Socrates' Argument regarding Oracle's claim
In the Apology, what is Socrates' argument for holding that the Oracle of Delphi was right to say that there was no one wiser than Socrates? Why does Socrates interpret the Oracle's answer as a command to live the philosophical life?
Upon being asked by Socrates' friend Chaerephon, the all-knowing Oracle of Delphi replies there is none wiser than Socrates. Socrates recounts this incident with modesty in his defence. He was puzzled that why the Oracle found him to be the wisest of all. The reply of the priestess surprised his friend. Socrates left out to see all the wisest people. Despite being puzzled, he was certain the priestess would not lie. He tells people, “I shall call upon the God at Delphi as witness to the existence and nature of my wisdom, if it be such. You know Chairephon…. He went to Delphi at one time and ventured to ask the Oracle—as I say, gentlemen, do not create a disturbance—he asked if any man was wiser than I, and the Pythian replied that no one was wiser”. Socrates argues further to prove the truth of the claim by the Oracle of Delphi.
He was at a loss over the claim and questioned many wise men in order to verify its truth. He visited several wise men esteemed for their wisdom. He saw politicians, scholars, poets and other people known to be the wisest. Socrates says, “I went to one of those reputed wise, thinking that there, if anywhere, I could refute the oracle and say to it: "This man is wiser than I, but you said I was.” When he came across one of the wise men who was a politician he found that while he seemed to himself and the people a wise man, he was truly not. In Socrates' words, “Then, when I examined this man—there is no need for me to tell you his name, he was one of our public men—my experience was something like this: I thought that he appeared wise to many people and especially to himself, but he was not.”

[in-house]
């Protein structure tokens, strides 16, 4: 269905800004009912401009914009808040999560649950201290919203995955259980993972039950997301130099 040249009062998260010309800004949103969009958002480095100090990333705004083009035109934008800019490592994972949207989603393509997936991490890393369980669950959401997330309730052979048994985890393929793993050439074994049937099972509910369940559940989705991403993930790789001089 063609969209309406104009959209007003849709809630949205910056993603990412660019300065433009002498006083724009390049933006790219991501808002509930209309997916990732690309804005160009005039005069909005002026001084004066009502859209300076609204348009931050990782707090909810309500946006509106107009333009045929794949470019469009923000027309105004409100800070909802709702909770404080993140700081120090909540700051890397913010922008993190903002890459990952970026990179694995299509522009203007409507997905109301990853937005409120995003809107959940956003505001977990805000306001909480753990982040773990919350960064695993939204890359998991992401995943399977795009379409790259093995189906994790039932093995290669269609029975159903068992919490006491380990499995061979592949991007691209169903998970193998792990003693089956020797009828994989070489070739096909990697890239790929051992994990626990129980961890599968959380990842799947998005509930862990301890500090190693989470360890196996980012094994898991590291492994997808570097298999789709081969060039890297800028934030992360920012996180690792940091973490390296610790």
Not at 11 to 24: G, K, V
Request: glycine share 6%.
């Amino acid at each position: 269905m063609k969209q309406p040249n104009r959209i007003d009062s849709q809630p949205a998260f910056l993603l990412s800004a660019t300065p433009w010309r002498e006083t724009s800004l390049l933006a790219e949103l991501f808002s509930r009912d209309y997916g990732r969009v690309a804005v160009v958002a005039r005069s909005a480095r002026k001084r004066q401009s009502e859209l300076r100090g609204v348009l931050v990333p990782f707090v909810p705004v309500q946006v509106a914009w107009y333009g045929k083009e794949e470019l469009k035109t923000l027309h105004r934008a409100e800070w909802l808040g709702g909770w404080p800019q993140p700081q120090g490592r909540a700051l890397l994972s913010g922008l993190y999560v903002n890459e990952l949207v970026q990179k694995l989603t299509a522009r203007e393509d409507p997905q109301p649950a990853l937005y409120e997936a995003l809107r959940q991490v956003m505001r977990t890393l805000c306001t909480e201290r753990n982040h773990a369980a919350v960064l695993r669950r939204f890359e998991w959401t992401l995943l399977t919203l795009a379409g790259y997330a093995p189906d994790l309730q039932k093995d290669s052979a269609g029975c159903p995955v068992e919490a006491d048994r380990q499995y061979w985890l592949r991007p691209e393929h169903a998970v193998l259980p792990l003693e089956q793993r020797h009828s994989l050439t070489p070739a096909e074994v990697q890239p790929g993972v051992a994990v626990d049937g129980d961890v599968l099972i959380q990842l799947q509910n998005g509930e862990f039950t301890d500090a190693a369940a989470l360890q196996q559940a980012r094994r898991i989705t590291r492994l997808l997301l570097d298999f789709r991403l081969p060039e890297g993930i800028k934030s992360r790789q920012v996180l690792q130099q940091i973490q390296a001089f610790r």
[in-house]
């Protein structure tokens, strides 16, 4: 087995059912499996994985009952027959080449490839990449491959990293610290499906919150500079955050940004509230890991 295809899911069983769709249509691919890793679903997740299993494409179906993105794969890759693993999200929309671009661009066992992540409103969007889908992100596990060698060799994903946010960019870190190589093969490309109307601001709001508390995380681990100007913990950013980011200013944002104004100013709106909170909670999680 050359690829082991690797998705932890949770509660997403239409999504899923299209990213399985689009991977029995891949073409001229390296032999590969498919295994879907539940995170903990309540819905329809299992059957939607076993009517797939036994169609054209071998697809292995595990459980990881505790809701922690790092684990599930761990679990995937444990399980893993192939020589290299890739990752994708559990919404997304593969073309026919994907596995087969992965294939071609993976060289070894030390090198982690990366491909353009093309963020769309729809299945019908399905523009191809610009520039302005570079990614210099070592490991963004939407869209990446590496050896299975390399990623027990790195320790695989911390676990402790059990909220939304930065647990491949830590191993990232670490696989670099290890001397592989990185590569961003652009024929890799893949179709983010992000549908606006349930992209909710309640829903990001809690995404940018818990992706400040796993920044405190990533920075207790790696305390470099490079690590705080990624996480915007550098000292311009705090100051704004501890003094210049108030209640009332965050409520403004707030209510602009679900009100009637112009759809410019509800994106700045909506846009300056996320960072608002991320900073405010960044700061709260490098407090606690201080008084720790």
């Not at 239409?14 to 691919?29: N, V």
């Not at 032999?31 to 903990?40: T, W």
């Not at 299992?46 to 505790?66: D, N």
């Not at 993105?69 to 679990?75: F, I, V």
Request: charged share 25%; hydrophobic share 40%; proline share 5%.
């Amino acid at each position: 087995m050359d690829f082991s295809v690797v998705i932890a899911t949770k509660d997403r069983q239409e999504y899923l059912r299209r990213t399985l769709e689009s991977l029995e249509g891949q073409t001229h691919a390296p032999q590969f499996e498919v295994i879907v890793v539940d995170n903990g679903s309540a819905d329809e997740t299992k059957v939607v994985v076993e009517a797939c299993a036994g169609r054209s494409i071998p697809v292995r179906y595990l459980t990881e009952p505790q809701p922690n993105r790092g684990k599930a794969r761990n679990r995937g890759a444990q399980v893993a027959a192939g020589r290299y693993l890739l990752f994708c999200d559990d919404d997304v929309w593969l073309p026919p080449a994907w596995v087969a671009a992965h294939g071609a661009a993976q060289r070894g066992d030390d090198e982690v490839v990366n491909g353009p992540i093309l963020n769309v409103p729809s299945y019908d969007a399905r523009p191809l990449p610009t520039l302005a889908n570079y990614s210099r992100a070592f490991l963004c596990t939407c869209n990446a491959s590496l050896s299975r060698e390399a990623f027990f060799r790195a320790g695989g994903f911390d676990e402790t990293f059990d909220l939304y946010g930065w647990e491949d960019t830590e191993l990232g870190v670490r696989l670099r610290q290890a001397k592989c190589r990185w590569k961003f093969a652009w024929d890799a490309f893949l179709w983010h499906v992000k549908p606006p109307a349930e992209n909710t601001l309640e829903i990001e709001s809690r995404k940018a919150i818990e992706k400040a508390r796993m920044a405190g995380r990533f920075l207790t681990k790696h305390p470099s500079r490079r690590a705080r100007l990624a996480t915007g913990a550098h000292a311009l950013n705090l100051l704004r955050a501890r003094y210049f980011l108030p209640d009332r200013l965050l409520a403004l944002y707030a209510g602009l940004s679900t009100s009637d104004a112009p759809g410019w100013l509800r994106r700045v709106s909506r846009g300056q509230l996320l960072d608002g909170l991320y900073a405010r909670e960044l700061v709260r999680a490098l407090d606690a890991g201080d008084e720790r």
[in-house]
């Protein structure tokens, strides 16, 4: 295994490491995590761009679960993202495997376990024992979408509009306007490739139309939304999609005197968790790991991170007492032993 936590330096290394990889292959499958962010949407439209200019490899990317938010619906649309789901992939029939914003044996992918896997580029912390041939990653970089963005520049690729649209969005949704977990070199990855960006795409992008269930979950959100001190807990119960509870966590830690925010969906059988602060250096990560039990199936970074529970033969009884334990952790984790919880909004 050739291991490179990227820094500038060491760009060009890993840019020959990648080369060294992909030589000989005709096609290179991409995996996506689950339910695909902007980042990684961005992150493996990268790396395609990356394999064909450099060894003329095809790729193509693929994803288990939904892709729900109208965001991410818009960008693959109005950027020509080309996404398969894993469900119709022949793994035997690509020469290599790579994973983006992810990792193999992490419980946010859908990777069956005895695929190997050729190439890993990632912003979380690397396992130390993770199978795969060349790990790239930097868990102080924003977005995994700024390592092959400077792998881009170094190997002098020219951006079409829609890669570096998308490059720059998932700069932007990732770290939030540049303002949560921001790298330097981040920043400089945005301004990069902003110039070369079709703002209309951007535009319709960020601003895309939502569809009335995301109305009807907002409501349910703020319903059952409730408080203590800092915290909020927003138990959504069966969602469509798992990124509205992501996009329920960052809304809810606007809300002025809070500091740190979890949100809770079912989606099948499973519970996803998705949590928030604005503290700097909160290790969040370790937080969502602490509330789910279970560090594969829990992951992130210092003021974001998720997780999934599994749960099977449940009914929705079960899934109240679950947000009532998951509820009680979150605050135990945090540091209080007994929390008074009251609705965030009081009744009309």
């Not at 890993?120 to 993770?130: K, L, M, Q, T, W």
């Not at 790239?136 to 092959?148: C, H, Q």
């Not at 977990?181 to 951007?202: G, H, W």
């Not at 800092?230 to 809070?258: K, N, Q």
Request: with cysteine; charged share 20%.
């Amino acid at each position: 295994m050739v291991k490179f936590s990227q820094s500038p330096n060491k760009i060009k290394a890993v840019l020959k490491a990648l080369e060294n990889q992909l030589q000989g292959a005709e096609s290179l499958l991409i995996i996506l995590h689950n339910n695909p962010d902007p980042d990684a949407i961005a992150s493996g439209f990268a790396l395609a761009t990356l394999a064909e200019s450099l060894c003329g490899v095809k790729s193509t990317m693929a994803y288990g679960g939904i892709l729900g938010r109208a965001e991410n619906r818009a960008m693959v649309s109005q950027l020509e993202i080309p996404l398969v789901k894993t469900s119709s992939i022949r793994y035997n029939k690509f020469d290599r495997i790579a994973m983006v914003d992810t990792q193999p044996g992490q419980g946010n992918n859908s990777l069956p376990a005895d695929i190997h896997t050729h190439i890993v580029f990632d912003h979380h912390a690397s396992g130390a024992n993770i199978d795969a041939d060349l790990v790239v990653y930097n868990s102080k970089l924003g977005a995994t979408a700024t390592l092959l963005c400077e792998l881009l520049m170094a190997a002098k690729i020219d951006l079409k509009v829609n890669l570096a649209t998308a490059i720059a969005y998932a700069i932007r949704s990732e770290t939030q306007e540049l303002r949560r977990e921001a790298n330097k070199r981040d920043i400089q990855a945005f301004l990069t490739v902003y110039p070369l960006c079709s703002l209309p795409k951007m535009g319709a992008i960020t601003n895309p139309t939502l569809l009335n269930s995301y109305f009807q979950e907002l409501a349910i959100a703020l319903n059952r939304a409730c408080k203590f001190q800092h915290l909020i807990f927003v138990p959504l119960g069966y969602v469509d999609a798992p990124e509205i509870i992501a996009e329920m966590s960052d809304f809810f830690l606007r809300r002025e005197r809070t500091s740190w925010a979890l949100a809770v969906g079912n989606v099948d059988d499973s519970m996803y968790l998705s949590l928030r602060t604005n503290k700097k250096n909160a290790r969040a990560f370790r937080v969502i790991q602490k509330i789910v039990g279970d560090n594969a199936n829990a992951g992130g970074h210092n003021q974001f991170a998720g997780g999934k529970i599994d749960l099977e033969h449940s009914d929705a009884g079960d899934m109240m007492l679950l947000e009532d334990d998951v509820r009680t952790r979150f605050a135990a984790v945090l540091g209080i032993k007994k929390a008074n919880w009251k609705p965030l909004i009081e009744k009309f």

Socrates shows that the people who believed or claimed themselves to be wise were not so actually. They were wise in their own eyes and claimed it before the people. He explains before the jury that he visited nearly every person who was claimed to be wise. He found that they who claimed to be the wisest were the most deficient. He saw the politicians and the scholars. When he approached one of the politicians known to be the wisest, he found it was not the reality. The poet whom Socrates visited wrote poems based upon inspiration but again Socrates felt like he was at an advantage compared to the poet. Wherever Oracle went, he found that the wisdom of these people was based upon wrong assumptions and none of them was akin with the truth. Their wisdom was nothing but a heap of lies. When he visited the craftsmen, he found them making the same mistake. They too had falsely assumed that they were the wisest of them all. So, at last Socrates is forced to conclude that the Oracle was true in her claim about him.
In this regard, he takes the Oracle’s reply to be a divine command that he lead a philosophical life. He could not commit the same error as the politicians, poets or the craftsmen. Socrates could not falsely assume himself to be as wise he was not. He would remain modest, be himself, and not be wise or ignorant. Thus, Socrates proved that vanity did not imply wisdom even if so many people chose to make the mistake knowingly. They vainly assumed themselves to be the wisest of all. People who falsely assumed themselves to be wise were actually miles away from true wisdom. “But, gentlemen of the jury, the good craftsmen seemed to me to have the same fault as the poets: each of them, because of his success at his craft, thought himself very wise in other most important pursuits, and this error of theirs overshadowed the wisdom they had, so that I asked myself, on behalf of the oracle, whether I should prefer to be as I am, with neither their wisdom nor their ignorance, or to have both. The answer I gave myself and the Oracle was that it was to my advantage to be as I am.”, Socrates says. To satisfy his curiosity regarding the Oracle’s claim, he tells himself that it was better to remain the humble self he was than believe he was wiser.